The United States is mired in the slowest economic recovery since the Great Depression. Worse, we are told by many economists and policymakers that things are not going to get much better. We are experiencing, they say, the “New Normal,” a permanent downward departure from America’s historic 3% growth rate. New Normal projections are an understandable response to the trauma of the financial panic, the European debt crisis, deleveraging, and downtrending demographics, summing to a suggestion of slower growth—maybe 2% per year–as far as the eye can see.
Indeed, with existing policy and leaders telling us to prepare for slower growth ahead, the New Normal is probably an accurate prediction. The New Normal, however, assumes we are powerless to do anything about it. Its fatalism runs counter to the American ethos. The great leadership challenge of our time is to show the future is still possible and to chart a path of economic resurgence.
We’ve seen this play before. Forty years ago, things also looked bleak. Inflation was starting to break out. Vietnam had dragged on for nearly a decade. Watergate was burbling. Oil prices were beginning a dramatic climb. We had entered what the Club of Rome asserted in its famous 1972 “Limits to Growth” report was a long state of decline. It was time to downgrade expectations, rein in ambitions, and hunker down for the lean decades ahead.
At first, the stagflationary 1970s seemed to vindicate this projected scarcity. In the late 1970s and early 80s, however, the United States (along with the UK and China) said “enough.” This downgraded future was not acceptable. The United States stood up and chose a bold, new, distinct path across a range of policies, unleashing waves of growth and technology not only in America but across the globe.
In the 1980s and 90s, the United States was one of the freest economies on earth. It consistently ranked, for example, among the top four nations in the Fraser Institute’s annual World Economic Freedom report. Economic growth averaged 3.4%. In the 2000s, however, regulation and spending accelerated. The quality of our legal environment and monetary policy declined. Combined with growing freedom around the globe, America’s relative competitiveness plunged.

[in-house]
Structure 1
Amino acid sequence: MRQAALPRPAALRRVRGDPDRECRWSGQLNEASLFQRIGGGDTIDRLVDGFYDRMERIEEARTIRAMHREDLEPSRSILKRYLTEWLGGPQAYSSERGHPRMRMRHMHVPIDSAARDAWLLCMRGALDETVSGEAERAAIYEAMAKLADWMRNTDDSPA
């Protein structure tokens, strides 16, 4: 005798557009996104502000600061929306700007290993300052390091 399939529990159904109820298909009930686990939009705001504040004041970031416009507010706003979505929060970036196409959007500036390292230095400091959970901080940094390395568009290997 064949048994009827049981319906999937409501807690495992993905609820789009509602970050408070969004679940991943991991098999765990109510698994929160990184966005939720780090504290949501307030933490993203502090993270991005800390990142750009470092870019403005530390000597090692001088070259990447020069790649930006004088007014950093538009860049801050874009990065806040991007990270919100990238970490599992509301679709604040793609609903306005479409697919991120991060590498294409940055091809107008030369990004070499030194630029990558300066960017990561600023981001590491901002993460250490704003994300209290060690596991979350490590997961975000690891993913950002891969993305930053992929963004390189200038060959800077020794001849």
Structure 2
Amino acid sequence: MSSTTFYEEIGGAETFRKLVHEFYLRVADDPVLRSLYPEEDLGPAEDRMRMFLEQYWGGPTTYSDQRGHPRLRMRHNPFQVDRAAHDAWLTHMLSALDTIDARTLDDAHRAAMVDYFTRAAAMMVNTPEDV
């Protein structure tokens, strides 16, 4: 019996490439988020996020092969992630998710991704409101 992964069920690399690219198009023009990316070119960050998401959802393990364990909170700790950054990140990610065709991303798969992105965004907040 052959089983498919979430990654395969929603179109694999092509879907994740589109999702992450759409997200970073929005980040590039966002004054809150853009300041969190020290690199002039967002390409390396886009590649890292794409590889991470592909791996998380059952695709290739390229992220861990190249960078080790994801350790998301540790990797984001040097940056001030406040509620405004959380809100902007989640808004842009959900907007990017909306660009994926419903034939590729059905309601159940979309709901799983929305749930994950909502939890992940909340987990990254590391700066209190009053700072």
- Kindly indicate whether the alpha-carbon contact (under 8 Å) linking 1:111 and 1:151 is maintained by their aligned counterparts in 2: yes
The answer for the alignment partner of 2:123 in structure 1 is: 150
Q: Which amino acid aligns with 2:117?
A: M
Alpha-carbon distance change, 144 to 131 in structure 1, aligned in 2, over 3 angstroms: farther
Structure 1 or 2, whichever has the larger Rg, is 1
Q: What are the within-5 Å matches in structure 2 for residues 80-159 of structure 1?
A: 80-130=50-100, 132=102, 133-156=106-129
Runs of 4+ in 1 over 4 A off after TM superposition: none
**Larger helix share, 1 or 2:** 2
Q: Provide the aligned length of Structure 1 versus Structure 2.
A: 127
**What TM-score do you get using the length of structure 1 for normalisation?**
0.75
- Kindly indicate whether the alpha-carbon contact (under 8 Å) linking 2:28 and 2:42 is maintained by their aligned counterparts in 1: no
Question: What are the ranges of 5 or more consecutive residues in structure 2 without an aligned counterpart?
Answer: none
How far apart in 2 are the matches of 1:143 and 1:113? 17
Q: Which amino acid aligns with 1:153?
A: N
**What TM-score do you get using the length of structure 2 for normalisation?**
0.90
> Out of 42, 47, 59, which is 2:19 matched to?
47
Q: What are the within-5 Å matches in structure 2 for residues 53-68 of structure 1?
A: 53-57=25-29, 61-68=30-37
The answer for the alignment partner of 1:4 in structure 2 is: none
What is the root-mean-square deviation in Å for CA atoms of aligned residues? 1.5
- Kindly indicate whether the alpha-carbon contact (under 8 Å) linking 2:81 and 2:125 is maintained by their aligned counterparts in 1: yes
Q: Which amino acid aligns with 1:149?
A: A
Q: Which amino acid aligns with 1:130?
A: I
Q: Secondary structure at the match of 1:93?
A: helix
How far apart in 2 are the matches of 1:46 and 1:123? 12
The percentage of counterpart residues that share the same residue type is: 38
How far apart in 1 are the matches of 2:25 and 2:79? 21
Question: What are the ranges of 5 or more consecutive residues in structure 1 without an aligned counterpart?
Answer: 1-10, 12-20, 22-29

By the 2012 World Economic Freedom report, the United States had fallen to 19th. Noting scholarship linking economic freedom with economic growth, the Fraser Institute’s latest ranking “implies that, unless policies undermining economic freedom are reversed, the future annual growth of the U.S. economy will be half its historic average of 3%.”
Such an outcome would dramatically downgrade the possibilities for American workers, investors, families, retirees–and, crucially, federal and state budgets. Economic growth is the force that provides opportunity for the young, ensures security for the old, and allows America’s diverse families and communities to pursue their idea of the American dream.
Consider the disaster the New Normal implies. Annual GDP growth of 2% over the next 30 years, compared to a continuation of the recent 3% growth trend, would result in an economy some $13 trillion smaller (in 2005 dollars) in 2042. Such an America would be a qualitatively different place.
A great challenge for leaders today is to explain this vast gulf in possible American futures—and to show how we might reinvigorate America’s growth engine.
Nearer term, the New Normal will continue to place a lid on employment.
At today’s feeble 2% growth rate, we might add a hundred or two hundred thousand jobs each month. Over the next five years, that’s around seven million jobs—barely enough to keep up with population growth. Three percent growth might yield around 10 million net new jobs.
Yet a 3% growth rate itself is slower-than-usual recovery speed; it is not an ambitious objective. Emerging from the current slump, we should grow at 4, 5, or 6% for several years, as we did in the mid-1980s. (Many cite the argument by Kenneth Rogoff and Carmen Reinhart that it takes economies longer to recover from a financial crisis than might otherwise be the case in a normal downturn. However, Michael Bordo and Joseph Haubrich took a closer look and found that the U.S. economy actually tends to grow faster after a financial crisis—that is, once growth arrives.) A strategy for implementing 4% growth for the next five years could add 14 million net new jobs—meaning that in 2017 seven million more Americans would be working compared to today’s plodding 2%. For jobs, budgets, and broad opportunity, economic growth towers over every consideration and should inform every policy debate.
So how do we spur such a growth track?
A simpler, flatter, more efficient tax code that rewards rather than punishes investment and entrepreneurship would divert capital from gold and Treasuries into new businesses and bring home trillions in foreign sourced earnings and global capital. Unfortunately, some in Washington and the states are proposing higher tax rates, new carve-outs, and favors that will make real tax reform impossible.